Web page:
3. “Spelling and punctuation modernized in all journal quotations.” No, no, no. Bad idea. 🙂

    Has Scott Faulring been involved with this project?

    Comment by Justin — November 30, 2007 @ 12:08 pm

  4. Justin: I know, I noticed that too. I spoke with Alex this morning and he confirmed that that was the Ensign‘s decision, not the authors.

    Scott Faulring was involved with the project up until the move from the Smith Institute to the COB. He was working on the History Series.

    Comment by David Grua — November 30, 2007 @ 12:30 pm

  5. The normal length for an Ensign article is four pages, so the fact that Mark and Alex got six pages is exceptional.

    Comment by David Grua — November 30, 2007 @ 3:11 pm

  6. Before anyone gets too fired up at the Ensign for modernizing quotations, keep in mind that the very same Ensign article in English was also published this month in the Liahona in numerous languages, where all the spelling, punctuation, grammar, and other errors and idiosyncracies disappear anyway in translation. How would you translate a misspelled word or ungrammatical construction into another language? You couldn’t without taking great poetic license–doing so would create a strange version that was even more removed from the original than the cleaned-up English version is removed from the original English version. You might argue, then, that the Ensign should get all the raw, original language, with cleaned-up versions allowed in translation in the Liahona. But keep in mind also that the whole point of the new “correlated” magazine concept is that members across the world are getting much of the same content month after month (identical articles in the Liahona as in the three English magazines)–with no one language preferred over another. With this in mind and given that the audience of the church magazine is a lay, not scholarly, audience and that the magazines are primarily devotional in purpose, I think the decision to modernize spelling and other features is completely defensible in church magazines and most other church materials, so long as it is noted.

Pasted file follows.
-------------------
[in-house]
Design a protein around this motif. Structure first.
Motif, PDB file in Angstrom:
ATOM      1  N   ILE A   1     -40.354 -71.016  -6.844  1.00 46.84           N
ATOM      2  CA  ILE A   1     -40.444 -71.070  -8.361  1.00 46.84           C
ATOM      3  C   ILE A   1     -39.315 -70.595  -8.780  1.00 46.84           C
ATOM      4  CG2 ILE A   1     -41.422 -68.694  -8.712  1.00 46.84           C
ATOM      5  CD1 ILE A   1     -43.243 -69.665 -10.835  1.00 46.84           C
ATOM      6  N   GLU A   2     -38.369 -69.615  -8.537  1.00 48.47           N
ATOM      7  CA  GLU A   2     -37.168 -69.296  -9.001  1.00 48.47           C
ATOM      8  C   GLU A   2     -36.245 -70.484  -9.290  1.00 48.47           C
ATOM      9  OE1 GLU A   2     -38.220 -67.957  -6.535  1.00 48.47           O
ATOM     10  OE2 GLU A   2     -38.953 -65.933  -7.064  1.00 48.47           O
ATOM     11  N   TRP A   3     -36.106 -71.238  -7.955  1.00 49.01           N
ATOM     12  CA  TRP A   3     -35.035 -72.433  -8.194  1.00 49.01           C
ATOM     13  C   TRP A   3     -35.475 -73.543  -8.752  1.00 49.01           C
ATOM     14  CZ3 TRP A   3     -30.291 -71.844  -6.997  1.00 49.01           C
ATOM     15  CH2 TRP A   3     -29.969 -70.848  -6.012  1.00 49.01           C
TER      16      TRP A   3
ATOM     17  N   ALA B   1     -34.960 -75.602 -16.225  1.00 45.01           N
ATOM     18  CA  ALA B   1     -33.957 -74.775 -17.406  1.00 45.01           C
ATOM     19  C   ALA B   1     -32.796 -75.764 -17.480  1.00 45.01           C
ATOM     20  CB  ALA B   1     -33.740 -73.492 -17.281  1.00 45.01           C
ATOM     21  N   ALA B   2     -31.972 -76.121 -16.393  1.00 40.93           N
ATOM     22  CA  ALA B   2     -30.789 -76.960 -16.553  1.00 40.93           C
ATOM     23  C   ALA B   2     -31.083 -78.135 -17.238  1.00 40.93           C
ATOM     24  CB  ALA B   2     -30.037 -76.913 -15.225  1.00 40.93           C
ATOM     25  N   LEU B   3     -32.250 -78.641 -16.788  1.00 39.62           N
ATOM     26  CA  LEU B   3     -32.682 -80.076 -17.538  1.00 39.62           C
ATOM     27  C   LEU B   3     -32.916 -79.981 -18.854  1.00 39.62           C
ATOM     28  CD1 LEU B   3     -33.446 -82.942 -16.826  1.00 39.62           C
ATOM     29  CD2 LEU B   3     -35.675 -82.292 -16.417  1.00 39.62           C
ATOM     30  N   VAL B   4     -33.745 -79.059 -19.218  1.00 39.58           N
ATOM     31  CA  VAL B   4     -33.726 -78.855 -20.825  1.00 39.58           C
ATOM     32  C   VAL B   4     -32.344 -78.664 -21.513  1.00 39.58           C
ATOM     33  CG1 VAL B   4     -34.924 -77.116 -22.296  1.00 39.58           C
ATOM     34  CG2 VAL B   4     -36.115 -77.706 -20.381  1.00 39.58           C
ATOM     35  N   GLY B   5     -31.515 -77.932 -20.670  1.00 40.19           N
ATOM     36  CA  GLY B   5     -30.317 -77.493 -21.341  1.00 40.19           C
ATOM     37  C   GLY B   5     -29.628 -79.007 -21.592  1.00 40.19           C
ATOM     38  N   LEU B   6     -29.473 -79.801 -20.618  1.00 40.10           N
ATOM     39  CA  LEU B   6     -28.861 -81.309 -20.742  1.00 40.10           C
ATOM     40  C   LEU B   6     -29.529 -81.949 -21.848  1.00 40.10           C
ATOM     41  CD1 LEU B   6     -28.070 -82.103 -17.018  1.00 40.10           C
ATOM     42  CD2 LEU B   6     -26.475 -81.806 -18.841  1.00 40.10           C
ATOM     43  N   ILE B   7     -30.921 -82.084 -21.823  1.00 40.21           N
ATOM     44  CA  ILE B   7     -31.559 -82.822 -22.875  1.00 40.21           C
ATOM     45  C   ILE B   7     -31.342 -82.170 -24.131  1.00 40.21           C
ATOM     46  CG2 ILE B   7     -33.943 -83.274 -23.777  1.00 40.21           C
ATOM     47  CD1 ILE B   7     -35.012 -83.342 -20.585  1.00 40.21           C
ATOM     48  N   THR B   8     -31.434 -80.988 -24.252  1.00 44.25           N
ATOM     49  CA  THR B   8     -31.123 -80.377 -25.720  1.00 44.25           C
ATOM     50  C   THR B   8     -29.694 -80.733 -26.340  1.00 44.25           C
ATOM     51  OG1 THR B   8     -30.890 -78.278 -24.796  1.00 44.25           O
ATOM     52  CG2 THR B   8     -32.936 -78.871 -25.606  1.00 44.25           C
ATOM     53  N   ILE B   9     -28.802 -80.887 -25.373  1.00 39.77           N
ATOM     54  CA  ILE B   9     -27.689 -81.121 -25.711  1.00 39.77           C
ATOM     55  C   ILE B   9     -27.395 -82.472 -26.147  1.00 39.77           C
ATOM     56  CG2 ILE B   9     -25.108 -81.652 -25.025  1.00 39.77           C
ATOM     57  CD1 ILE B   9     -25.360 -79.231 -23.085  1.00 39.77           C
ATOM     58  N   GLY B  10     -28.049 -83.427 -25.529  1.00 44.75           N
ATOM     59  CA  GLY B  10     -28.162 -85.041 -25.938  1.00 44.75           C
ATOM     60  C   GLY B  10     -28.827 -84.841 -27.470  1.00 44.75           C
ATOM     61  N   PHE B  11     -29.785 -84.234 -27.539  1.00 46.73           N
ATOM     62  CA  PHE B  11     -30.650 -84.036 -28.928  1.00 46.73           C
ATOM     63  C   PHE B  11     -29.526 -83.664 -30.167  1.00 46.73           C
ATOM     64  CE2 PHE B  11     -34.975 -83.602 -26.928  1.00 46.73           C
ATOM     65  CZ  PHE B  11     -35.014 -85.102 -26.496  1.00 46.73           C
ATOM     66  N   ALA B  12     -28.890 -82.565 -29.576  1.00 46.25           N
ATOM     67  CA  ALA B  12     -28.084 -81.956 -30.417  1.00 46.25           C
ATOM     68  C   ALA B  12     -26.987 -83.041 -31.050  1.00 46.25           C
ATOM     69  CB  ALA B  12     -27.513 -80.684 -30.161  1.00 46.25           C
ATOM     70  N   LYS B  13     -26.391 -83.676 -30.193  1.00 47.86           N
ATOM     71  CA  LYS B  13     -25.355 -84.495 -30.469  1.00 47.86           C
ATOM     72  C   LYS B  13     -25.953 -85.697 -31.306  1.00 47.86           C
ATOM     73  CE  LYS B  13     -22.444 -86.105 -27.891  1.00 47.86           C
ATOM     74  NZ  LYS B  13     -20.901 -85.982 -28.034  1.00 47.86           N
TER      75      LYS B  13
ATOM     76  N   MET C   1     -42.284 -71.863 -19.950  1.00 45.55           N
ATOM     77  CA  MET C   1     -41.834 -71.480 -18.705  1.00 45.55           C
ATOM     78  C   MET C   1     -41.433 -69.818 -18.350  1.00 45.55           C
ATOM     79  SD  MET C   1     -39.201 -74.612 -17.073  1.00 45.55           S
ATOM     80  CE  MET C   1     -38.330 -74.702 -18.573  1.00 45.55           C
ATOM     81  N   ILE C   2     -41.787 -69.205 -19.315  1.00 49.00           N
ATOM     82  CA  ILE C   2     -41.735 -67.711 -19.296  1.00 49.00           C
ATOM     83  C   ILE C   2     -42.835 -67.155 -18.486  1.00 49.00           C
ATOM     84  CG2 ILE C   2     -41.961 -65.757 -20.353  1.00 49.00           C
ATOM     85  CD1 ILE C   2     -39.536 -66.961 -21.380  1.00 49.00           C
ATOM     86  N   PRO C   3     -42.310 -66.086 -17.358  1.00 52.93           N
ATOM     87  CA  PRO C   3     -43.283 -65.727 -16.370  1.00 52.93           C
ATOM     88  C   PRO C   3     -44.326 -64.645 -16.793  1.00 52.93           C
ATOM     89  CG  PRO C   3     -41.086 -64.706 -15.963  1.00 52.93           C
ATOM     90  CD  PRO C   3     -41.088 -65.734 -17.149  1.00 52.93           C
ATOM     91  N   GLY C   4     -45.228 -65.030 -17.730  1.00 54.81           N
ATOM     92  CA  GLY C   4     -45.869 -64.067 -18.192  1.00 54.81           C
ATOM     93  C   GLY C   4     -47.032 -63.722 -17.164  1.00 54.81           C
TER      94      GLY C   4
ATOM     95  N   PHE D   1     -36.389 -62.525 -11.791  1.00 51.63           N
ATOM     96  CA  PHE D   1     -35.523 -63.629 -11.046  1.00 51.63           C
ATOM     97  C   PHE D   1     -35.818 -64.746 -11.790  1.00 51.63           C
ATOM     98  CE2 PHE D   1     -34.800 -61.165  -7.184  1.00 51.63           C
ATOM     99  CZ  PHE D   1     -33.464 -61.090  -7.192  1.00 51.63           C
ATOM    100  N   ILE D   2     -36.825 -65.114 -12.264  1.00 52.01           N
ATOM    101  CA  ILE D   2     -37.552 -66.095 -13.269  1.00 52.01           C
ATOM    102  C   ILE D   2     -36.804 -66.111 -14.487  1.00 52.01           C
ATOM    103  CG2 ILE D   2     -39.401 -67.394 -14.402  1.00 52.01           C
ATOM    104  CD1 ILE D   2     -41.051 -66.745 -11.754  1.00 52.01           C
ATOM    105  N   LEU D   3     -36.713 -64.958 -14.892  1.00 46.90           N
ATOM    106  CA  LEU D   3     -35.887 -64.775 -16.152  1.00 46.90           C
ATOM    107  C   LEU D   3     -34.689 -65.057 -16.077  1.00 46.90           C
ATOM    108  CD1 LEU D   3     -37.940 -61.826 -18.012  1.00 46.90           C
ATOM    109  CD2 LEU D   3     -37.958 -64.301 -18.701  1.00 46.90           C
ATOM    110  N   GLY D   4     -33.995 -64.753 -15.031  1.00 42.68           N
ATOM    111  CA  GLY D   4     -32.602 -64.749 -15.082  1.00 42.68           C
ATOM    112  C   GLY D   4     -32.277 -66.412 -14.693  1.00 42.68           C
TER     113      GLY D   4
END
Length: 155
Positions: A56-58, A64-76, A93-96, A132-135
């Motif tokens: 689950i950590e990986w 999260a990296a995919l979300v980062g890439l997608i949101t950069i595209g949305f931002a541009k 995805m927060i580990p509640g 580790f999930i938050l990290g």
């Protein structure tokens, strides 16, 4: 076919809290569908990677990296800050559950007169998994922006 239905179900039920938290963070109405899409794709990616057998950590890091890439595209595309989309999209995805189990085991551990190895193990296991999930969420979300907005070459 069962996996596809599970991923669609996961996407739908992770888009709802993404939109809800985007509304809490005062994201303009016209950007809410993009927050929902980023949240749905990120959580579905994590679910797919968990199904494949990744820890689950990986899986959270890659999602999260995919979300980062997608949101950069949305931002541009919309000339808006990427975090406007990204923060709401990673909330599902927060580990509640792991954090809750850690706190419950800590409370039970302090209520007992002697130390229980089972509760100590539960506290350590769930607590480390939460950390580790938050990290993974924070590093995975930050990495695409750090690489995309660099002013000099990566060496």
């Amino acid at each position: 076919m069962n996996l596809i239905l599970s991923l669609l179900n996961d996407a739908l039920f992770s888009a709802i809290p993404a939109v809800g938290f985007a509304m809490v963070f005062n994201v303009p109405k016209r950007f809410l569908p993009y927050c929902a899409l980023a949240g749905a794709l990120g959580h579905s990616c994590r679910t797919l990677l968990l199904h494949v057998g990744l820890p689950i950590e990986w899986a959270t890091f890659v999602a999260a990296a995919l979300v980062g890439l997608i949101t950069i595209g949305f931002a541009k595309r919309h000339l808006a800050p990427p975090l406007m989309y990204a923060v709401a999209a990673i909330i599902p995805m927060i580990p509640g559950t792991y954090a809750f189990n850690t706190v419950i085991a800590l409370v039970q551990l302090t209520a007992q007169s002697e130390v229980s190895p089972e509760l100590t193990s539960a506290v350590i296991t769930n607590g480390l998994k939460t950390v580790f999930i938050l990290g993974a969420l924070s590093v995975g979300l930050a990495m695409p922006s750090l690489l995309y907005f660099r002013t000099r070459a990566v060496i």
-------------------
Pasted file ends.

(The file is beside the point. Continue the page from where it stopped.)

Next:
Comment by Eric — November 30, 2007 @ 3:15 pm